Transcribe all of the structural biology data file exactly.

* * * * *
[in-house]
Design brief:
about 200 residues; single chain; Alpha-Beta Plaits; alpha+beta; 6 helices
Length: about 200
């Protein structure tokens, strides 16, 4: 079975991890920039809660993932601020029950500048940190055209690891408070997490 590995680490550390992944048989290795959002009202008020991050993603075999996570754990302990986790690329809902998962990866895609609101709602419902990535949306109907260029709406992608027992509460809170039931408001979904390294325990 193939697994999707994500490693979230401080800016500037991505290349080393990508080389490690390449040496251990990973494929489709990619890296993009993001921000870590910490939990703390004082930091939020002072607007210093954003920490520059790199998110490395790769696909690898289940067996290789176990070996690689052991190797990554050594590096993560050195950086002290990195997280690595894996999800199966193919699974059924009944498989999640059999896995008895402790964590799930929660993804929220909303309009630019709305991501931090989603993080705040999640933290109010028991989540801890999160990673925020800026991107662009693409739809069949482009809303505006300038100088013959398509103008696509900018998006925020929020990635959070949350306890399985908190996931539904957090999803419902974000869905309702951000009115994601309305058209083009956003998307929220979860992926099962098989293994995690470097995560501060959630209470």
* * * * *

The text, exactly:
[in-house]
Design brief:
about 200 residues; single chain; Alpha-Beta Plaits; alpha+beta; 6 helices
Length: about 200
């Protein structure tokens, strides 16, 4: 079975991890920039809660993932601020029950500048940190055209690891408070997490 590995680490550390992944048989290795959002009202008020991050993603075999996570754990302990986790690329809902998962990866895609609101709602419902990535949306109907260029709406992608027992509460809170039931408001979904390294325990 193939697994999707994500490693979230401080800016500037991505290349080393990508080389490690390449040496251990990973494929489709990619890296993009993001921000870590910490939990703390004082930091939020002072607007210093954003920490520059790199998110490395790769696909690898289940067996290789176990070996690689052991190797990554050594590096993560050195950086002290990195997280690595894996999800199966193919699974059924009944498989999640059999896995008895402790964590799930929660993804929220909303309009630019709305991501931090989603993080705040999640933290109010028991989540801890999160990673925020800026991107662009693409739809069949482009809303505006300038100088013959398509103008696509900018998006925020929020990635959070949350306890399985908190996931539904957090999803419902974000869905309702951000009115994601309305058209083009956003998307929220979860992926099962098989293994995690470097995560501060959630209470």